Plenty of pundits say the cloud runs on Linux. Heck, even Microsoft appears to be gearing up to support Linux in the cloud -- sort of. The specifics: Microsoft is preparing to "enable" Linux to run on Windows Azure -- though it doesn't sound like Microsoft will officially offer "support" for Linux on Windows Azure.

The Linux-on-Windows-Azure chatter comes from All About Microsoft, the popular blog penned by Mary Jo Foley. Her sources have been solid over the years; I trust Foley's reporting.

Mixed News for Microsoft Cloud Partners?


Still, I'm not sure if "enabling" Linux on Windows Azure will be a win for channel partners and customers. Most of the major public cloud services providers -- Amazon Web Services, Rackspace Cloud, etc. -- already support both Windows and Linux in the cloud. And Microsoft's approach to Linux in the cloud doesn't sound very compelling to me. Foley writes:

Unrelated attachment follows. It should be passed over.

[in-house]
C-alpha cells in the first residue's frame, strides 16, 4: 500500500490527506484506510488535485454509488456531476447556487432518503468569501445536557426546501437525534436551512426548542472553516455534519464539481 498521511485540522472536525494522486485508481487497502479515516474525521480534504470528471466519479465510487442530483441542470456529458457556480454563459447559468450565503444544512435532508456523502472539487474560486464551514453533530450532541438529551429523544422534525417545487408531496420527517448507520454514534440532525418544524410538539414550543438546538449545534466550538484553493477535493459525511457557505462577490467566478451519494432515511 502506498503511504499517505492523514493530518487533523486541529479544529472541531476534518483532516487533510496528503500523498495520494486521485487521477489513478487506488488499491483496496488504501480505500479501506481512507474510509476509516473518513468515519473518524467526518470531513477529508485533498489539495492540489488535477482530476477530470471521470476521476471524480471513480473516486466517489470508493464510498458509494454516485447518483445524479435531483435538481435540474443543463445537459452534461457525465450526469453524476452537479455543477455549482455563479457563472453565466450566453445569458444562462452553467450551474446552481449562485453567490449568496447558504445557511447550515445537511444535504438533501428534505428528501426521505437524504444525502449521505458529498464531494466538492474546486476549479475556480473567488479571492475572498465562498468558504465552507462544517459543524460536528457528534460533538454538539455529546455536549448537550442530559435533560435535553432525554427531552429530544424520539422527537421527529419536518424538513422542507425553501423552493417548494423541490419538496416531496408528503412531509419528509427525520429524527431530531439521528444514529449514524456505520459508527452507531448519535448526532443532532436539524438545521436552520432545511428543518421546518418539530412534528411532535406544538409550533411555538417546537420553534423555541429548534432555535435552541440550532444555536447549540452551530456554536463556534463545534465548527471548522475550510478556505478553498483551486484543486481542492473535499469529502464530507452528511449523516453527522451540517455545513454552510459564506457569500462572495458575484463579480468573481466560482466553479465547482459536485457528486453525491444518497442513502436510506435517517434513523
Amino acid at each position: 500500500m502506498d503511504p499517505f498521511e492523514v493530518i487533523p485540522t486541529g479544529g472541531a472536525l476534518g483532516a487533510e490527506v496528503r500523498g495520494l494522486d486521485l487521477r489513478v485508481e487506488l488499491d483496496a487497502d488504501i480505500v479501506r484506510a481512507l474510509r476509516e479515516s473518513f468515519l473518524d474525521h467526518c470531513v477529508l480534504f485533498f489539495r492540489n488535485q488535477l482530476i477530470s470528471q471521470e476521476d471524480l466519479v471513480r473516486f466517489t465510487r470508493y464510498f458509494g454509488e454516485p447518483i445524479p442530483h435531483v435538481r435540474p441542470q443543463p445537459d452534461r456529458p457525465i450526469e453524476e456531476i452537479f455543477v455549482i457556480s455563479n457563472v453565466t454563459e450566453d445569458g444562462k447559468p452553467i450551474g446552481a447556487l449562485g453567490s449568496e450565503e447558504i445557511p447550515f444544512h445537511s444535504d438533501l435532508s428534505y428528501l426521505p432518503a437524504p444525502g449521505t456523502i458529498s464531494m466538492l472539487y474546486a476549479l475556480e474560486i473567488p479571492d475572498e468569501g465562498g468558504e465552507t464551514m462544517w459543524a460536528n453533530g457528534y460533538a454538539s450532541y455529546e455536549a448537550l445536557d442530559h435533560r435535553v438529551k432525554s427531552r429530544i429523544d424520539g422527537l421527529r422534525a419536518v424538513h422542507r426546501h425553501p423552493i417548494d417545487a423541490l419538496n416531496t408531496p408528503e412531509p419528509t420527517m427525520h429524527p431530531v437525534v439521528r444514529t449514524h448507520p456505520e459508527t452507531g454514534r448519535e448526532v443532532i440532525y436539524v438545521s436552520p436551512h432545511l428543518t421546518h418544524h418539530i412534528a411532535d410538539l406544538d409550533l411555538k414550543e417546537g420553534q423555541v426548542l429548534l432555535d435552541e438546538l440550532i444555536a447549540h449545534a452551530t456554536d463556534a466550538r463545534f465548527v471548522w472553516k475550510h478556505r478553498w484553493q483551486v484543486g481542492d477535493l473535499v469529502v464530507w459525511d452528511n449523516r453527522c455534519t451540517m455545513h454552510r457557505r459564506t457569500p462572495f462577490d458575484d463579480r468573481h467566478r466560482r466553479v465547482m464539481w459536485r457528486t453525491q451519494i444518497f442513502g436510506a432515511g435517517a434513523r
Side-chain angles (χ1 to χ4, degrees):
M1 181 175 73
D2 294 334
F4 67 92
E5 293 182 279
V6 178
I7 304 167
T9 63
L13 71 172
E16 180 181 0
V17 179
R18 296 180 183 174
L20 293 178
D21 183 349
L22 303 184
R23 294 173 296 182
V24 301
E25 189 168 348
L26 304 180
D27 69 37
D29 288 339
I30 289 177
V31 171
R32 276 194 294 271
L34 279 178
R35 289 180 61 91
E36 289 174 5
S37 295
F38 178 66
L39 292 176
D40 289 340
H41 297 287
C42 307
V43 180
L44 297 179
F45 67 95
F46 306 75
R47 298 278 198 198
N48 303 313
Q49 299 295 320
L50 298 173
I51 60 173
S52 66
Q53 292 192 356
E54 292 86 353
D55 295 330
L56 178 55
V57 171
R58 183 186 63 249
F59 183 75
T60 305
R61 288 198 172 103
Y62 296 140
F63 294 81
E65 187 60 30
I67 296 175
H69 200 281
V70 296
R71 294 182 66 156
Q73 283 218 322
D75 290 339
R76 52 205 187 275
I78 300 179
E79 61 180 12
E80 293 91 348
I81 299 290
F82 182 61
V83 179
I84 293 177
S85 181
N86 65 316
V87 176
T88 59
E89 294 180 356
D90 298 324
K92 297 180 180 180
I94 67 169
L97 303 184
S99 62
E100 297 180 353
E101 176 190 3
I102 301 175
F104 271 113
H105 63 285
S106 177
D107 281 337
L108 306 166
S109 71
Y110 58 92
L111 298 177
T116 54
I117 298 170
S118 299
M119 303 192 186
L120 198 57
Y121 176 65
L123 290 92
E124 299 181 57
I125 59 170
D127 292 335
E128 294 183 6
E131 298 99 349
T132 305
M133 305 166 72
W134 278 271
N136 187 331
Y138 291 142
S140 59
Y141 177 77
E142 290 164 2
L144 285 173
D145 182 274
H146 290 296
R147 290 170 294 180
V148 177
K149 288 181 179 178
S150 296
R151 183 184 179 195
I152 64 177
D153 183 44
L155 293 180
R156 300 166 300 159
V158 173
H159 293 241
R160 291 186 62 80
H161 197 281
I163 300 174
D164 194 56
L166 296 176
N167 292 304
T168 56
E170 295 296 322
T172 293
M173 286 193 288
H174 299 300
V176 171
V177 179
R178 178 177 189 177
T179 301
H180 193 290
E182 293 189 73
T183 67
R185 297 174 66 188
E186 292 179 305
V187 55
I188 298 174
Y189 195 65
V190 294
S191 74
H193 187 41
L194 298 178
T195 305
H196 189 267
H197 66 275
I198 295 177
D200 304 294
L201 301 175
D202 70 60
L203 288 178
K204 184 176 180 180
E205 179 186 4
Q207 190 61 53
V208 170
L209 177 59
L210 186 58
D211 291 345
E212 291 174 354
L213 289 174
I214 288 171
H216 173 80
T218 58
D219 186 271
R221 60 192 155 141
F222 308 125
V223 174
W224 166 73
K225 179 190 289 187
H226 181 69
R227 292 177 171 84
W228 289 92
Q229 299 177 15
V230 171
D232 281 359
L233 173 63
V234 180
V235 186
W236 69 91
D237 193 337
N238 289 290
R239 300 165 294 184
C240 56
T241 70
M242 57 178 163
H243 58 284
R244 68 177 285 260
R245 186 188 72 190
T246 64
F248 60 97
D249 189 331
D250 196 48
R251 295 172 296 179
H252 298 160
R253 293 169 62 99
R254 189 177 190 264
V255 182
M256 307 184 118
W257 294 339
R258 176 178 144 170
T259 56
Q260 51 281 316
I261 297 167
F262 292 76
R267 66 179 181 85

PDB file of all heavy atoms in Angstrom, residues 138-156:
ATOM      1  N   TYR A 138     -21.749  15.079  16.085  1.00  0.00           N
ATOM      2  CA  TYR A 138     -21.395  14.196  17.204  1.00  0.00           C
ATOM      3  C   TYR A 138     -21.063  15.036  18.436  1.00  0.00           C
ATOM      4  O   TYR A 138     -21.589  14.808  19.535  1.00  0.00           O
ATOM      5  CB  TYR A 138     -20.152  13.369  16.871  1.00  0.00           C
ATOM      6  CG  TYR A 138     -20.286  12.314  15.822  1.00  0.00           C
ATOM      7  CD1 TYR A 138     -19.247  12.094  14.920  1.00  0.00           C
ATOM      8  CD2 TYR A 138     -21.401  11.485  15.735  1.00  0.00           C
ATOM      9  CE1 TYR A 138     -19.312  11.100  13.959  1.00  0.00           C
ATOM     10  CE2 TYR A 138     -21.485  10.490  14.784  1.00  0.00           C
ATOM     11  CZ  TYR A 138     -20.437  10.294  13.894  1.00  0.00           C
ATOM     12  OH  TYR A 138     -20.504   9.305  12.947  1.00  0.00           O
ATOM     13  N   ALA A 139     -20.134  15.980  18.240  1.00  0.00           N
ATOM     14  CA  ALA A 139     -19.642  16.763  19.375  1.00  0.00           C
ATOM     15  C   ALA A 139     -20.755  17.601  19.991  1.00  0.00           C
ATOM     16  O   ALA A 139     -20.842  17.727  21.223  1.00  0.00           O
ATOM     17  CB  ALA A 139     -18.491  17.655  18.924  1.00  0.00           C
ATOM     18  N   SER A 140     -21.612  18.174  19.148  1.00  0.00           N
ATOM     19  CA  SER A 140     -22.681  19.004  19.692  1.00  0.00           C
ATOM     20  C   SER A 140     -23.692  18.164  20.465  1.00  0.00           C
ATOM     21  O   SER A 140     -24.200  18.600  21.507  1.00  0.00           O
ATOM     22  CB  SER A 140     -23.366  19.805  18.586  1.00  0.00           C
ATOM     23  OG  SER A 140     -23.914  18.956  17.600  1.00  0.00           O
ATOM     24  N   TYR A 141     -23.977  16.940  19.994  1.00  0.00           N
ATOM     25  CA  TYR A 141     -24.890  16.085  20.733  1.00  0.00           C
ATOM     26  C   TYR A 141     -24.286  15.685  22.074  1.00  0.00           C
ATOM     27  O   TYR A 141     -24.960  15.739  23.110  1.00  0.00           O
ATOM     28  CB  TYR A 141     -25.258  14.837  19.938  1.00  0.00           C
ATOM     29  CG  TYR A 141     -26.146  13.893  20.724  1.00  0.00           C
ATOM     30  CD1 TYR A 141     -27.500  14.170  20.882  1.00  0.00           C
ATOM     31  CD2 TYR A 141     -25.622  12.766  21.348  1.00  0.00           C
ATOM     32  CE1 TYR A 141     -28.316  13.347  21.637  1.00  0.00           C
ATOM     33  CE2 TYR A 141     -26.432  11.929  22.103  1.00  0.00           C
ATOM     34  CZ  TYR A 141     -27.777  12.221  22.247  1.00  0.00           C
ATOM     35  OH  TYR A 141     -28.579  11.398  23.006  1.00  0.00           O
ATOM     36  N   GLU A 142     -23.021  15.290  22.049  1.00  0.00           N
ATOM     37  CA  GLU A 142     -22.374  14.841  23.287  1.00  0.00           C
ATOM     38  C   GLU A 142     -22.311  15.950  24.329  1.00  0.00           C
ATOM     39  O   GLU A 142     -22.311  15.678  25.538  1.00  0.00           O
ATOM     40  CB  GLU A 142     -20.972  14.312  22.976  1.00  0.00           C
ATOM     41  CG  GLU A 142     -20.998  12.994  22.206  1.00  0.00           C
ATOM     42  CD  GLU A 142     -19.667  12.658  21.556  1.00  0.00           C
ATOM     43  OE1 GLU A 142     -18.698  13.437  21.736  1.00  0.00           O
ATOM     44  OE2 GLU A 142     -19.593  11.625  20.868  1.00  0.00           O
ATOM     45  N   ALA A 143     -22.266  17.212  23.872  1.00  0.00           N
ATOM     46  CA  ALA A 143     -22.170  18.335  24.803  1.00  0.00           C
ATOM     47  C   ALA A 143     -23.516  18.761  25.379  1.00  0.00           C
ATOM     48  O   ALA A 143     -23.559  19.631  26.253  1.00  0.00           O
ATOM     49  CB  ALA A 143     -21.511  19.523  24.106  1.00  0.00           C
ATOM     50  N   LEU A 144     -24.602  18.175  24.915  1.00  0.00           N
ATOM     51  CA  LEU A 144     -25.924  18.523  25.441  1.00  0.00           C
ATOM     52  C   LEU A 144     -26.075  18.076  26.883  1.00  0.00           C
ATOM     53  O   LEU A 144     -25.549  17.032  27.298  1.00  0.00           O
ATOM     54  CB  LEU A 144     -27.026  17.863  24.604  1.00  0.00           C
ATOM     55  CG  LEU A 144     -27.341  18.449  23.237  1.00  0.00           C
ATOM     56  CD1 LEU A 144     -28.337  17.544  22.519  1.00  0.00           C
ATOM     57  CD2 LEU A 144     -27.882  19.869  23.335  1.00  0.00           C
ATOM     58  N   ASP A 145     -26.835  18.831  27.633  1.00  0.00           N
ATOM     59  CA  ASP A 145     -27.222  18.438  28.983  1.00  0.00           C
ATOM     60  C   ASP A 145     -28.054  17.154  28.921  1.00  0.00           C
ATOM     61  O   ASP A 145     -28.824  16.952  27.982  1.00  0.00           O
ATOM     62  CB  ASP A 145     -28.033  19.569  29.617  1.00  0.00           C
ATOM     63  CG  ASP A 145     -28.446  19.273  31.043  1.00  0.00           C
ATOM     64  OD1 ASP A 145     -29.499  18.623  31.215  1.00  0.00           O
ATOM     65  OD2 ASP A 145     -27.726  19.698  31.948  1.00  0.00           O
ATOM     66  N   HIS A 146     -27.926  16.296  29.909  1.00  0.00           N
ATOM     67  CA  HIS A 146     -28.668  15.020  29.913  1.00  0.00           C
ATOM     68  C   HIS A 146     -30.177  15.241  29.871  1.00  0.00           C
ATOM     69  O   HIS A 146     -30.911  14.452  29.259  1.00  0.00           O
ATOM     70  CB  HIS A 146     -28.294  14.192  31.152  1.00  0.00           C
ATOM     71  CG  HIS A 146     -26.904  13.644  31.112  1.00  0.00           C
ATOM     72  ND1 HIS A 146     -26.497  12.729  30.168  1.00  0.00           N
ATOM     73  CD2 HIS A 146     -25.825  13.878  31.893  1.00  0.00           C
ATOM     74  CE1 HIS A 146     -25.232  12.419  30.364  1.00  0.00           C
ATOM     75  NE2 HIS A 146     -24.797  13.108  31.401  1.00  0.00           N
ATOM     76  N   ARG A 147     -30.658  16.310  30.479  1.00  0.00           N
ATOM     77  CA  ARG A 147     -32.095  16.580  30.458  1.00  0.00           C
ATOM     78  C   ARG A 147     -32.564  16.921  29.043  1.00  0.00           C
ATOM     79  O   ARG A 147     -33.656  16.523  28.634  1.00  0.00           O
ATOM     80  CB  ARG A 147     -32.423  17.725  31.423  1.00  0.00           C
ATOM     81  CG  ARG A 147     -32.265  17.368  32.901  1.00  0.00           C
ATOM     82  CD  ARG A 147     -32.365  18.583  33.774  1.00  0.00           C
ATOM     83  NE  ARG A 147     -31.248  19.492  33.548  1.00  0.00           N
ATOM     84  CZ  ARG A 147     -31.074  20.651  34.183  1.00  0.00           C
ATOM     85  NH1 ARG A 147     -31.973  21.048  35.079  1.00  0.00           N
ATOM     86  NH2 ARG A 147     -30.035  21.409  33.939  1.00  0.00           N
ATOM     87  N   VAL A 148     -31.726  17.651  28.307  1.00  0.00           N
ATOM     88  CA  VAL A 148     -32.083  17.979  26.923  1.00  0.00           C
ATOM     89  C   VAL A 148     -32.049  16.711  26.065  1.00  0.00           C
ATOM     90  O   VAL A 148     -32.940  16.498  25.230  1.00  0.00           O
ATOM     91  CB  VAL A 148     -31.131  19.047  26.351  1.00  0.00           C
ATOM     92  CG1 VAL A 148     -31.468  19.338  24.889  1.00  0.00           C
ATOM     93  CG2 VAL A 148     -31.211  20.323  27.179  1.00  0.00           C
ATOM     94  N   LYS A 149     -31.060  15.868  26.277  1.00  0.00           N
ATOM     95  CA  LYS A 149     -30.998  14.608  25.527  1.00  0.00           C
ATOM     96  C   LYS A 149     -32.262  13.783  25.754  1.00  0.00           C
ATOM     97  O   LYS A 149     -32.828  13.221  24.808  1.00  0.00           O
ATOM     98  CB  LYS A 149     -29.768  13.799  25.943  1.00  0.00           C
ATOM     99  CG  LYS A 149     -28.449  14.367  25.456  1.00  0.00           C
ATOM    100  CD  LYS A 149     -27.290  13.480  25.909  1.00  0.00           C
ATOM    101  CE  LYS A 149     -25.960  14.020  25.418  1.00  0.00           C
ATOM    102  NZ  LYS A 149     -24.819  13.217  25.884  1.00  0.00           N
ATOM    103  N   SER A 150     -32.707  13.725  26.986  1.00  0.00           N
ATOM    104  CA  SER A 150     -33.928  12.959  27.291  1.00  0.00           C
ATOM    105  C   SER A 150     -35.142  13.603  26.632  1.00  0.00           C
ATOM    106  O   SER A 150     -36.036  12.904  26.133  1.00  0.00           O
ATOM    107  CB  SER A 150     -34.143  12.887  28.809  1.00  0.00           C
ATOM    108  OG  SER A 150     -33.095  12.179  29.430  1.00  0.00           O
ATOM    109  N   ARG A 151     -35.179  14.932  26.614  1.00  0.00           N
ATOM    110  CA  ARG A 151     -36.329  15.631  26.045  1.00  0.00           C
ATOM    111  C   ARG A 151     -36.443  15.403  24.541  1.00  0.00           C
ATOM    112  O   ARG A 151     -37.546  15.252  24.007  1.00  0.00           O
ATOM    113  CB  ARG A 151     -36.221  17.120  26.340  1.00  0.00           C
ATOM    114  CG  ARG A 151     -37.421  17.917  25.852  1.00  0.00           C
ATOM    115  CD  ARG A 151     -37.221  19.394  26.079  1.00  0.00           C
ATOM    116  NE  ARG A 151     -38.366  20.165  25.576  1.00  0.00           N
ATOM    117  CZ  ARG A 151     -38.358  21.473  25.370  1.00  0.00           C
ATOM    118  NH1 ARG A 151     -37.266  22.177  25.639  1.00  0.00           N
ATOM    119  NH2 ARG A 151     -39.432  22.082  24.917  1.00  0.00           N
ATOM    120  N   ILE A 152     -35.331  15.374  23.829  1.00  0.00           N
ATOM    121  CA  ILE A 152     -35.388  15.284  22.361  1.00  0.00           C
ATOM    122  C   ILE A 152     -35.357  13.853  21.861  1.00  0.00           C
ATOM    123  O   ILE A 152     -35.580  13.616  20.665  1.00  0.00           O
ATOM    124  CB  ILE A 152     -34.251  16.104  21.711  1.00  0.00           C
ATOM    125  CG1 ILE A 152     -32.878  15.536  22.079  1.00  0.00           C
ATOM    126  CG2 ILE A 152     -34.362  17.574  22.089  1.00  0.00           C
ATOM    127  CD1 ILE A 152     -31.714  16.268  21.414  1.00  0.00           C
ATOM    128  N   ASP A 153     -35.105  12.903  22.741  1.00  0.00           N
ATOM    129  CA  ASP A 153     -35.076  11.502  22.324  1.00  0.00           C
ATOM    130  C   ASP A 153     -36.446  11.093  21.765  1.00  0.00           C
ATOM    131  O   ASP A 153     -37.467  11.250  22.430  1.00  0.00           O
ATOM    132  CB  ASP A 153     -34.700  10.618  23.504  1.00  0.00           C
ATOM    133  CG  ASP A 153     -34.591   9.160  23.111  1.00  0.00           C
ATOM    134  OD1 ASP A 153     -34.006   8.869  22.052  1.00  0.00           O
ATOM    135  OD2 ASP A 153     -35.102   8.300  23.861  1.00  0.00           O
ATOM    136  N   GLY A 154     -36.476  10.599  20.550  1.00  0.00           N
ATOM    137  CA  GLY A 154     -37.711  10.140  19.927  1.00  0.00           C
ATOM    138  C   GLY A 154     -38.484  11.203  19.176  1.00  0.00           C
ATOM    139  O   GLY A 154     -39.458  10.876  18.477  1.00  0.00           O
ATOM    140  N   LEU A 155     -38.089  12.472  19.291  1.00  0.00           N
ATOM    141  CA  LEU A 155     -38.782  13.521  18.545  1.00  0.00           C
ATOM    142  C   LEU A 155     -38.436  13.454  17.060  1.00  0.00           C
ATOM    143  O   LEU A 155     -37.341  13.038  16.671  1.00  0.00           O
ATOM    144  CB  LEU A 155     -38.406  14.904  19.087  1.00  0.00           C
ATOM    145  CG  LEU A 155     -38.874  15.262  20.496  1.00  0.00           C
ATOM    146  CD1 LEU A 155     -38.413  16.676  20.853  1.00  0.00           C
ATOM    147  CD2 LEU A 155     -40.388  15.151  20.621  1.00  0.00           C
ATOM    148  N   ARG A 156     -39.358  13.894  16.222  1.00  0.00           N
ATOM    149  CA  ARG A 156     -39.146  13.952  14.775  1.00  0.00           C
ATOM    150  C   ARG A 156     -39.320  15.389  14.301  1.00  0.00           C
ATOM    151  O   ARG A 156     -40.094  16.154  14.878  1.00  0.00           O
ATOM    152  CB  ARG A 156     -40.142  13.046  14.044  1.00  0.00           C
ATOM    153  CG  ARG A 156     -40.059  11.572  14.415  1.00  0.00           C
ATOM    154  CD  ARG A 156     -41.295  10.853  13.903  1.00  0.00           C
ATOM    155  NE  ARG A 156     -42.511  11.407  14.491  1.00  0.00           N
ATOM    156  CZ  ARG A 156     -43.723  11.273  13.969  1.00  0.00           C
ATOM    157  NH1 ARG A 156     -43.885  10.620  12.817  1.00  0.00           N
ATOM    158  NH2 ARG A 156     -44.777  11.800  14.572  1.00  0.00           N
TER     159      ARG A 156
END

"Running Linux on Azure has been a surprisingly big  business-customer request, as well, my contacts said. Microsoft won’t be supporting Linux once the late-March persistent VM CTP launches; instead, it will be up to customers to provide uploads of their own Linux images, I heard from my contacts. Microsoft plans to tout the persistent VM capability on Azure as providing users with an easy on-ramp to its cloud platform, as they can start with the apps they already have and host them without a lot of reworking."

For Linux to really succeed on Windows Azure, Microsoft must truly support Linux on Azure. A halfhearted Microsoft effort, pushing Linux support back to customers, could ultimately send partners and customers to alternative clouds, Talkin' Cloud believes.

Still, it's a bit early to speculate about how Linux on Windows Azure may -- or may not -- work. Microsoft has yet to publicly confirm or deny the Linux enablement plans. Plus, Microsoft does have reasonably good integration partnerships with both SUSE and Red Hat. Surely, Microsoft could extend those Linux partnerships into the Windows Azure cloud -- assuming Microsoft really wants to give customers what they want.

Talkin' Cloud has reached out to Microsoft for comment.